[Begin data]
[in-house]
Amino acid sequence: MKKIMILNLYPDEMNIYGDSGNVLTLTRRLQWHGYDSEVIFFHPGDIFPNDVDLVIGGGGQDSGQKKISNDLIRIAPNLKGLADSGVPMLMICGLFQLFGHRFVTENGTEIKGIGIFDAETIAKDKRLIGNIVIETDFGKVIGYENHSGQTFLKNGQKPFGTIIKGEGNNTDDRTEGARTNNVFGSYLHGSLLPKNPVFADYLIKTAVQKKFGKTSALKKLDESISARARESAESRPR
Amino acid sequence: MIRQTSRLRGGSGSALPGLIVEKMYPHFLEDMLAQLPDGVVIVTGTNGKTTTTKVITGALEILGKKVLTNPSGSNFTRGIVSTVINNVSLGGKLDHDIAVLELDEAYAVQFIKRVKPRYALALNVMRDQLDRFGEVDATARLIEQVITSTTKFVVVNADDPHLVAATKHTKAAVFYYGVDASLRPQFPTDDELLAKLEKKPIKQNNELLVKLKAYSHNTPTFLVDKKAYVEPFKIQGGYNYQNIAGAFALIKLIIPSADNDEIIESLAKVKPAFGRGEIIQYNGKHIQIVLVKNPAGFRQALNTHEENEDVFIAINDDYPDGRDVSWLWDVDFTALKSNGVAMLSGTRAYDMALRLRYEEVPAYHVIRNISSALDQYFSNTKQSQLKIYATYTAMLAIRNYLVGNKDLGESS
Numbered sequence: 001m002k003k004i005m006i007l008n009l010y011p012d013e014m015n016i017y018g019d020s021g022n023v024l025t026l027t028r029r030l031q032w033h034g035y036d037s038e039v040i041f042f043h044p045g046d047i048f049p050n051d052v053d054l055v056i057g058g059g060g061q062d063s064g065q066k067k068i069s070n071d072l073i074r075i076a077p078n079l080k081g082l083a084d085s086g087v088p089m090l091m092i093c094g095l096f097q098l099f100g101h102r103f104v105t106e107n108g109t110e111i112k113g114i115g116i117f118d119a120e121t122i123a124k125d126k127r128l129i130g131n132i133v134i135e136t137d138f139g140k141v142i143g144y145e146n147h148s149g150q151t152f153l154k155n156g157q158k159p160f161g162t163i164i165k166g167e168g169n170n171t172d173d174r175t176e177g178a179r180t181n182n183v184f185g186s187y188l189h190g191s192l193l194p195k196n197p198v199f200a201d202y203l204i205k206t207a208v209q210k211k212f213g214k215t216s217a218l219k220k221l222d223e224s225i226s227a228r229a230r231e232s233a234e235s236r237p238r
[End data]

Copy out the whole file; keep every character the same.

[in-house]
Amino acid sequence: MKKIMILNLYPDEMNIYGDSGNVLTLTRRLQWHGYDSEVIFFHPGDIFPNDVDLVIGGGGQDSGQKKISNDLIRIAPNLKGLADSGVPMLMICGLFQLFGHRFVTENGTEIKGIGIFDAETIAKDKRLIGNIVIETDFGKVIGYENHSGQTFLKNGQKPFGTIIKGEGNNTDDRTEGARTNNVFGSYLHGSLLPKNPVFADYLIKTAVQKKFGKTSALKKLDESISARARESAESRPR
Amino acid sequence: MIRQTSRLRGGSGSALPGLIVEKMYPHFLEDMLAQLPDGVVIVTGTNGKTTTTKVITGALEILGKKVLTNPSGSNFTRGIVSTVINNVSLGGKLDHDIAVLELDEAYAVQFIKRVKPRYALALNVMRDQLDRFGEVDATARLIEQVITSTTKFVVVNADDPHLVAATKHTKAAVFYYGVDASLRPQFPTDDELLAKLEKKPIKQNNELLVKLKAYSHNTPTFLVDKKAYVEPFKIQGGYNYQNIAGAFALIKLIIPSADNDEIIESLAKVKPAFGRGEIIQYNGKHIQIVLVKNPAGFRQALNTHEENEDVFIAINDDYPDGRDVSWLWDVDFTALKSNGVAMLSGTRAYDMALRLRYEEVPAYHVIRNISSALDQYFSNTKQSQLKIYATYTAMLAIRNYLVGNKDLGESS
Numbered sequence: 001m002k003k004i005m006i007l008n009l010y011p012d013e014m015n016i017y018g019d020s021g022n023v024l025t026l027t028r029r030l031q032w033h034g035y036d037s038e039v040i041f042f043h044p045g046d047i048f049p050n051d052v053d054l055v056i057g058g059g060g061q062d063s064g065q066k067k068i069s070n071d072l073i074r075i076a077p078n079l080k081g082l083a084d085s086g087v088p089m090l091m092i093c094g095l096f097q098l099f100g101h102r103f104v105t106e107n108g109t110e111i112k113g114i115g116i117f118d119a120e121t122i123a124k125d126k127r128l129i130g131n132i133v134i135e136t137d138f139g140k141v142i143g144y145e146n147h148s149g150q151t152f153l154k155n156g157q158k159p160f161g162t163i164i165k166g167e168g169n170n171t172d173d174r175t176e177g178a179r180t181n182n183v184f185g186s187y188l189h190g191s192l193l194p195k196n197p198v199f200a201d202y203l204i205k206t207a208v209q210k211k212f213g214k215t216s217a218l219k220k221l222d223e224s225i226s227a228r229a230r231e232s233a234e235s236r237p238r